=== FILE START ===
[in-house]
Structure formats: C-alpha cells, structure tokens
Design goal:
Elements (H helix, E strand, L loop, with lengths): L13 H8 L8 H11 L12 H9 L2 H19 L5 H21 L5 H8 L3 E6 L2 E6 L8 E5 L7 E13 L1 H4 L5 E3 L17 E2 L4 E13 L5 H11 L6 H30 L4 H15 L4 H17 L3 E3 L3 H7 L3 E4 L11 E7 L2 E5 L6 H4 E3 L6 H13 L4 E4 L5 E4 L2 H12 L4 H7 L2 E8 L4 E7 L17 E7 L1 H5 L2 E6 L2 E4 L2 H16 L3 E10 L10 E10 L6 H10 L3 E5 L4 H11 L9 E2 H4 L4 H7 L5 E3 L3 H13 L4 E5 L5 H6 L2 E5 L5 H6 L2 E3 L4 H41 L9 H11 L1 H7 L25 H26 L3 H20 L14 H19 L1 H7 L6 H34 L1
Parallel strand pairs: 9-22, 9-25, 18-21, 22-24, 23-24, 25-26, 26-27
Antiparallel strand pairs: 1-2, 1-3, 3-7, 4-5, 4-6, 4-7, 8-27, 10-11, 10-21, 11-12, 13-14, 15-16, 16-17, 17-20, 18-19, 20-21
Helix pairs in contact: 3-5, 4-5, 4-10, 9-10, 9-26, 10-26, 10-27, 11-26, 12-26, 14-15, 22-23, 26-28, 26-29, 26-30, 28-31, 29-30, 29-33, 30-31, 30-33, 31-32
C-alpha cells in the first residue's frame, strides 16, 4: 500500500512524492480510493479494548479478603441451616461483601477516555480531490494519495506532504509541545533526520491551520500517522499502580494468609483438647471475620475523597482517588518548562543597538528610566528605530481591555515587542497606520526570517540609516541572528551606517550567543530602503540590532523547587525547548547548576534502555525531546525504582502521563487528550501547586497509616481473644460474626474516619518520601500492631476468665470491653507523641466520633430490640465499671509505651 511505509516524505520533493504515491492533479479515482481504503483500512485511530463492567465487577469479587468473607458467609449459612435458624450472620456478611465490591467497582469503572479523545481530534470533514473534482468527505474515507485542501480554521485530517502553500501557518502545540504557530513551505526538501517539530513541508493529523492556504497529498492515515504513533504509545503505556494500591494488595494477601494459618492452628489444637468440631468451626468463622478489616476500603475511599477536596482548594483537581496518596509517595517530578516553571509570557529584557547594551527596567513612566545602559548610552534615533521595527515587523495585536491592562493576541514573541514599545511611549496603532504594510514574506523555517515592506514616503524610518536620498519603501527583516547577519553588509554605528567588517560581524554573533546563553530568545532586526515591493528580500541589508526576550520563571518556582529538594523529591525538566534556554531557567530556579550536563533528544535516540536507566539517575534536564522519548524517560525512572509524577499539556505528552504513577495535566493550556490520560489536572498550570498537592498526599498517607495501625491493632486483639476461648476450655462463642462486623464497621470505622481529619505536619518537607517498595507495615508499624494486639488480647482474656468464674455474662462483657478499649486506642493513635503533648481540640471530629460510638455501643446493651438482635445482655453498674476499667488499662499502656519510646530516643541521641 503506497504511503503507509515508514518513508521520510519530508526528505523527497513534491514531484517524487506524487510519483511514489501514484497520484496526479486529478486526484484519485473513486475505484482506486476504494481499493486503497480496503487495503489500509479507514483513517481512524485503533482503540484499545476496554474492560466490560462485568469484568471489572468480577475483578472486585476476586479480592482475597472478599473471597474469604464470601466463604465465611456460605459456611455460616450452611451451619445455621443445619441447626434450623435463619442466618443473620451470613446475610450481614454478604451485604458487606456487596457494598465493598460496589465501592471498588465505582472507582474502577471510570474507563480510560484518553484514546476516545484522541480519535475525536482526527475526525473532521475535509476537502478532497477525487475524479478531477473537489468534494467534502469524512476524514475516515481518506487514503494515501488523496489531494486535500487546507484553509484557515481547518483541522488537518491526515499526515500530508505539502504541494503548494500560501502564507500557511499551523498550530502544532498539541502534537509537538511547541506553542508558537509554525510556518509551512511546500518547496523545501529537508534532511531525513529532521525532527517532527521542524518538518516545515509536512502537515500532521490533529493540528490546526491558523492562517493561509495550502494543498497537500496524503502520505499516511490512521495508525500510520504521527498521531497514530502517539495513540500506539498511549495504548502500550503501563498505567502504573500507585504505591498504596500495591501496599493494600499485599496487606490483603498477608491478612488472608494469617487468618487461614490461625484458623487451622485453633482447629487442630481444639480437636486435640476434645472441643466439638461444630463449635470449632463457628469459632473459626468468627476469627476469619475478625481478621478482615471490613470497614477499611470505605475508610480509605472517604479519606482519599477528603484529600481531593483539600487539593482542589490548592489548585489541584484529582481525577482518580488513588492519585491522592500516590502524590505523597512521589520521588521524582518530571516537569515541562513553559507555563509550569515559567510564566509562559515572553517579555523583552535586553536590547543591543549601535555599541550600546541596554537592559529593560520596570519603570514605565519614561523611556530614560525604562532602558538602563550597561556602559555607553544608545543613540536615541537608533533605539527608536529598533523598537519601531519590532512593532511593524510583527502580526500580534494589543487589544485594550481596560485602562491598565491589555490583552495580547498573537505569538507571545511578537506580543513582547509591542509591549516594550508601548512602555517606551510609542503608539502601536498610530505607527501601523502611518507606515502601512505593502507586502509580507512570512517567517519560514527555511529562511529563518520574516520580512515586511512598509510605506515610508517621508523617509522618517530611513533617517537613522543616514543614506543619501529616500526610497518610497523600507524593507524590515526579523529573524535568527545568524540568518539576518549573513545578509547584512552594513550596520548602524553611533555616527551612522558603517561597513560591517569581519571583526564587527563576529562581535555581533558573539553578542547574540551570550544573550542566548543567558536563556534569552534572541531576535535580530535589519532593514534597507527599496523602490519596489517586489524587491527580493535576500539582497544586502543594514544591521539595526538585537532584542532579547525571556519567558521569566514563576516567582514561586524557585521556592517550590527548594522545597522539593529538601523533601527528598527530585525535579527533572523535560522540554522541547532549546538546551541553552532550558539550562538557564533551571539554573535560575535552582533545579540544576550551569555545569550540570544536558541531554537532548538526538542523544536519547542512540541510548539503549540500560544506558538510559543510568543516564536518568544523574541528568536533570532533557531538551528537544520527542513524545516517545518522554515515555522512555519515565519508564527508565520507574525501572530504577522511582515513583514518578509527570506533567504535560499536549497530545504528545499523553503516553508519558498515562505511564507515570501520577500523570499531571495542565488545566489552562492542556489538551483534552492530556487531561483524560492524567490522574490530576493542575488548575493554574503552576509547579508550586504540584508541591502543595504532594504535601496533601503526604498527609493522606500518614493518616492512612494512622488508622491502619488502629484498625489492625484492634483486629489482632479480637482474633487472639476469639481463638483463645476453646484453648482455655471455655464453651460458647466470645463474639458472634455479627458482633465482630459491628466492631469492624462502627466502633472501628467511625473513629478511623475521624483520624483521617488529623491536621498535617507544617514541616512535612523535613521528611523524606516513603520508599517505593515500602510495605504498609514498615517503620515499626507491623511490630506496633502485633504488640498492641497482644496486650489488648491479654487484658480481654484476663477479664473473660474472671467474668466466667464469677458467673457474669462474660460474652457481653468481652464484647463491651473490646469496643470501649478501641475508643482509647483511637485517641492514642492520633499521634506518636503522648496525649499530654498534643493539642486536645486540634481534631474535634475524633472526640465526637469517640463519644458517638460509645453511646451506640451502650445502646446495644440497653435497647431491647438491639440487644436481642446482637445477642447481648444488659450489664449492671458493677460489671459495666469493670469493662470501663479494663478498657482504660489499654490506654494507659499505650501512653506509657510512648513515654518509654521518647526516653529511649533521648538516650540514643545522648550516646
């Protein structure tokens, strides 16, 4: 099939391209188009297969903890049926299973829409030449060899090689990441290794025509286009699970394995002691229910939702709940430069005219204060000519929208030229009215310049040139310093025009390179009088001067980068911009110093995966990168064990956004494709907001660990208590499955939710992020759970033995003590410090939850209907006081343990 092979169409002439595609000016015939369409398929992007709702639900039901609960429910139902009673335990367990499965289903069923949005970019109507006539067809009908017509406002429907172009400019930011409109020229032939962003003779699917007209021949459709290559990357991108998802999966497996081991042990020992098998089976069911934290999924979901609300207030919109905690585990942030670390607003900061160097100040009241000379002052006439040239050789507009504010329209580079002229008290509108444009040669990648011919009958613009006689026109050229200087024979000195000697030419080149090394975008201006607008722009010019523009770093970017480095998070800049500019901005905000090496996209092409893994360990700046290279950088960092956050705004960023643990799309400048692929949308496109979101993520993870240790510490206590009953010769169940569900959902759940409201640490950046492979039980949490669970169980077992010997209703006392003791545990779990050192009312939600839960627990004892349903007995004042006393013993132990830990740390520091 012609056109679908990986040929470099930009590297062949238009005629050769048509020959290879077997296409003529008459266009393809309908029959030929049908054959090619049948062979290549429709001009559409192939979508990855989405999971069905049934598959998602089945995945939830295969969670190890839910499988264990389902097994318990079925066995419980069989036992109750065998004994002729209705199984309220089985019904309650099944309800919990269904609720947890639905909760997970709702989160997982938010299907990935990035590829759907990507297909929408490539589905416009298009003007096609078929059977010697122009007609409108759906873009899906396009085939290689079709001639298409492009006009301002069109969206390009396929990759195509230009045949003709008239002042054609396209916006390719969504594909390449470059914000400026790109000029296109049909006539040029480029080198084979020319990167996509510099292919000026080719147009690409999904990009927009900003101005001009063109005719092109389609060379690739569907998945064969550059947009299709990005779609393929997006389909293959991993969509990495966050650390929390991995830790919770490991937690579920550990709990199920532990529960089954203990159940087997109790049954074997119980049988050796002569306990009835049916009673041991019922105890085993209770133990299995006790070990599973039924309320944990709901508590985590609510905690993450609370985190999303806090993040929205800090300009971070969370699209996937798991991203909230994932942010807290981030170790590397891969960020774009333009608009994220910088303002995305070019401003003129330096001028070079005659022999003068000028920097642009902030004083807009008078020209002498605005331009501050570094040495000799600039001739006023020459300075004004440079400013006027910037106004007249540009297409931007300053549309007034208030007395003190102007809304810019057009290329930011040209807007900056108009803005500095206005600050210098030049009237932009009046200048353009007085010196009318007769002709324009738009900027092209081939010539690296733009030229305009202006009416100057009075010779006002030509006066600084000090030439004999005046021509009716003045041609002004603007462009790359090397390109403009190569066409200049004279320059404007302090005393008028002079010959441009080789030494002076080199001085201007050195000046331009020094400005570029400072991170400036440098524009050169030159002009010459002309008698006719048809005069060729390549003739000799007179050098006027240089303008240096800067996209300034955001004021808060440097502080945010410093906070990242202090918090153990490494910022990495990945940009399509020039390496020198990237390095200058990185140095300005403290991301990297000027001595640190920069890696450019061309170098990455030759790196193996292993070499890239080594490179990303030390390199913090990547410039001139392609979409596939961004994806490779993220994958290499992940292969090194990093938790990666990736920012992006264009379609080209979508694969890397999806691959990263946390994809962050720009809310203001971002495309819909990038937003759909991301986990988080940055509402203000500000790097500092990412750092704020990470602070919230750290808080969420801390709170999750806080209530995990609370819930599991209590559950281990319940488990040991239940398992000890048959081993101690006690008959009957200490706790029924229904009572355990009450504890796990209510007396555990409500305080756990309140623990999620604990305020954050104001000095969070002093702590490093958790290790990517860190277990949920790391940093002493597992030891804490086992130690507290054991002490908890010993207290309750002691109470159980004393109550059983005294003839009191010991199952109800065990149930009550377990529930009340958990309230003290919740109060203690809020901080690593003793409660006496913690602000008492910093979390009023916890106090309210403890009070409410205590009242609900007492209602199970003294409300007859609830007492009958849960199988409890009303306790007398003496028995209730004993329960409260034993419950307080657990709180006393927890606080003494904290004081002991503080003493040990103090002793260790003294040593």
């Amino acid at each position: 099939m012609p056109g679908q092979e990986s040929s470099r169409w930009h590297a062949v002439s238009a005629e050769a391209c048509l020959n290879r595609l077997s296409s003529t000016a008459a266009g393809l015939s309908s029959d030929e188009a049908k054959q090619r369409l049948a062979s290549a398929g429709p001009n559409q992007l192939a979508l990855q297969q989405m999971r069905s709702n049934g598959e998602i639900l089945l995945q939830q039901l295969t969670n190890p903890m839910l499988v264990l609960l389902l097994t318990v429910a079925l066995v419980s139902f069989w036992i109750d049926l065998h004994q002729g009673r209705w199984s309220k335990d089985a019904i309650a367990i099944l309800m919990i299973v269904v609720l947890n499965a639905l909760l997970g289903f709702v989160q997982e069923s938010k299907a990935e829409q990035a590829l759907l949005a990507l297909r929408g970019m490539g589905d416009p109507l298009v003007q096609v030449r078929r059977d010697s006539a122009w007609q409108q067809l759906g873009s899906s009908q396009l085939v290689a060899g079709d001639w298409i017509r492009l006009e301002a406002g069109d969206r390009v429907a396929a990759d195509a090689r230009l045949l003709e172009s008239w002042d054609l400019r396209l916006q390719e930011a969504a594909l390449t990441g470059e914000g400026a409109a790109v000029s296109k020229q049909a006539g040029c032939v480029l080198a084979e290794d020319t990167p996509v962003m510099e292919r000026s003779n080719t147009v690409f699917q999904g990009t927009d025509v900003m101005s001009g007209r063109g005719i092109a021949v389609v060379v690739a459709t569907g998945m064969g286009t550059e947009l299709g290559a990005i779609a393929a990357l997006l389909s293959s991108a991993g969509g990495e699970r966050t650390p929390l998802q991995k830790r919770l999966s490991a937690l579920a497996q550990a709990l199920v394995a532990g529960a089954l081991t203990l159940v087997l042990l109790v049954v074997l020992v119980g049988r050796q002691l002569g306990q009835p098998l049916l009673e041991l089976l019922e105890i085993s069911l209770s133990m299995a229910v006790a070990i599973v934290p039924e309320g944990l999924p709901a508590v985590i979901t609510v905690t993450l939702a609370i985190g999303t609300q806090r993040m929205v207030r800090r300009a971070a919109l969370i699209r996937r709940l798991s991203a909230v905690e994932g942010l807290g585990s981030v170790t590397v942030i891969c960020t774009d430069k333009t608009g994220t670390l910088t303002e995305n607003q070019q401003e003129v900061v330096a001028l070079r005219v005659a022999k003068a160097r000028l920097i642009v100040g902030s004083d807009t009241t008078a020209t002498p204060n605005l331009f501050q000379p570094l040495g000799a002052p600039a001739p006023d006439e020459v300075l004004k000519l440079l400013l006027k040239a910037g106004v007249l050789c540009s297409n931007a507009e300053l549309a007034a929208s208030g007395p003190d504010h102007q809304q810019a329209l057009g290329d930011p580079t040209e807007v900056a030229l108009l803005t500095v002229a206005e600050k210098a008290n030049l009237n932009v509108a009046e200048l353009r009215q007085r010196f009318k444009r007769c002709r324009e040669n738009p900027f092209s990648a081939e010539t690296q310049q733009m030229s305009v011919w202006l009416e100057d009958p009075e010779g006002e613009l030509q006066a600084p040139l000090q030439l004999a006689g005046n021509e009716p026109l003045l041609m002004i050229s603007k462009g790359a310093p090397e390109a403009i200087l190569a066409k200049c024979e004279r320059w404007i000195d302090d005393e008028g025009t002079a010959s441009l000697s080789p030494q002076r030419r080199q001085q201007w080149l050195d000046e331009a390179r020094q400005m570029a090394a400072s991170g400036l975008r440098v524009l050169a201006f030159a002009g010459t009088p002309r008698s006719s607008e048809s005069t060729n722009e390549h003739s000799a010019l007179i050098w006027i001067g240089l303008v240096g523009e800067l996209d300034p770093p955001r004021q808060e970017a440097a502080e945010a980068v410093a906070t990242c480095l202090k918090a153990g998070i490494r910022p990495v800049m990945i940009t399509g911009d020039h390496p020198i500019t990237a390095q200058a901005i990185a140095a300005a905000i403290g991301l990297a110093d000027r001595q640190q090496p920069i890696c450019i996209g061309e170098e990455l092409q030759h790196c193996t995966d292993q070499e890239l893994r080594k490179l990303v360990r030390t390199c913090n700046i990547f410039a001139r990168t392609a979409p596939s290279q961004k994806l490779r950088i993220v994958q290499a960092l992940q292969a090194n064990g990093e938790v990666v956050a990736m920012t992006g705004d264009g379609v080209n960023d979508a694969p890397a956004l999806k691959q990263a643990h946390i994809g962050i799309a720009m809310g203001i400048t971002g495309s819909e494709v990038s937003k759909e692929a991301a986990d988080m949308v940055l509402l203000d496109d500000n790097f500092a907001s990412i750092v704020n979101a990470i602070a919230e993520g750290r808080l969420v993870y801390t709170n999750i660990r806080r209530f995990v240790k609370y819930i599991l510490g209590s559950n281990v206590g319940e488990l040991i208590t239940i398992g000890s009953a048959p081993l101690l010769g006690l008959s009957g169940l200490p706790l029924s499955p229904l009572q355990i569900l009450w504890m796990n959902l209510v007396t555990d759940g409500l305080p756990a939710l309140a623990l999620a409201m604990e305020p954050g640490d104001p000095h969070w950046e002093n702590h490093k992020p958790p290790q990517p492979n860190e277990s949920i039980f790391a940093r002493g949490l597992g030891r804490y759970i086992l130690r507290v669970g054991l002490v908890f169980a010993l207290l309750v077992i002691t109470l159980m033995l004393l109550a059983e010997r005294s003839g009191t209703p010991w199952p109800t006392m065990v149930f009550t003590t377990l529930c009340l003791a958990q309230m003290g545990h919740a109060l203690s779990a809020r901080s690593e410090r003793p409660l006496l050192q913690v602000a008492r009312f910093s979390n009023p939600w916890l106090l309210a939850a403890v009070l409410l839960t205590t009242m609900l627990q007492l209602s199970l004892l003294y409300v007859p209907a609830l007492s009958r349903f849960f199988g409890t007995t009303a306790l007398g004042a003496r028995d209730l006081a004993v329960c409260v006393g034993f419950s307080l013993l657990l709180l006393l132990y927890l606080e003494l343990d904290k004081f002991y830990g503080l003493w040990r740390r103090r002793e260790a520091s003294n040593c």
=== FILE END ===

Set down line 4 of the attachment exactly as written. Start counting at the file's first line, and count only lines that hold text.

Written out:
Elements (H helix, E strand, L loop, with lengths): L13 H8 L8 H11 L12 H9 L2 H19 L5 H21 L5 H8 L3 E6 L2 E6 L8 E5 L7 E13 L1 H4 L5 E3 L17 E2 L4 E13 L5 H11 L6 H30 L4 H15 L4 H17 L3 E3 L3 H7 L3 E4 L11 E7 L2 E5 L6 H4 E3 L6 H13 L4 E4 L5 E4 L2 H12 L4 H7 L2 E8 L4 E7 L17 E7 L1 H5 L2 E6 L2 E4 L2 H16 L3 E10 L10 E10 L6 H10 L3 E5 L4 H11 L9 E2 H4 L4 H7 L5 E3 L3 H13 L4 E5 L5 H6 L2 E5 L5 H6 L2 E3 L4 H41 L9 H11 L1 H7 L25 H26 L3 H20 L14 H19 L1 H7 L6 H34 L1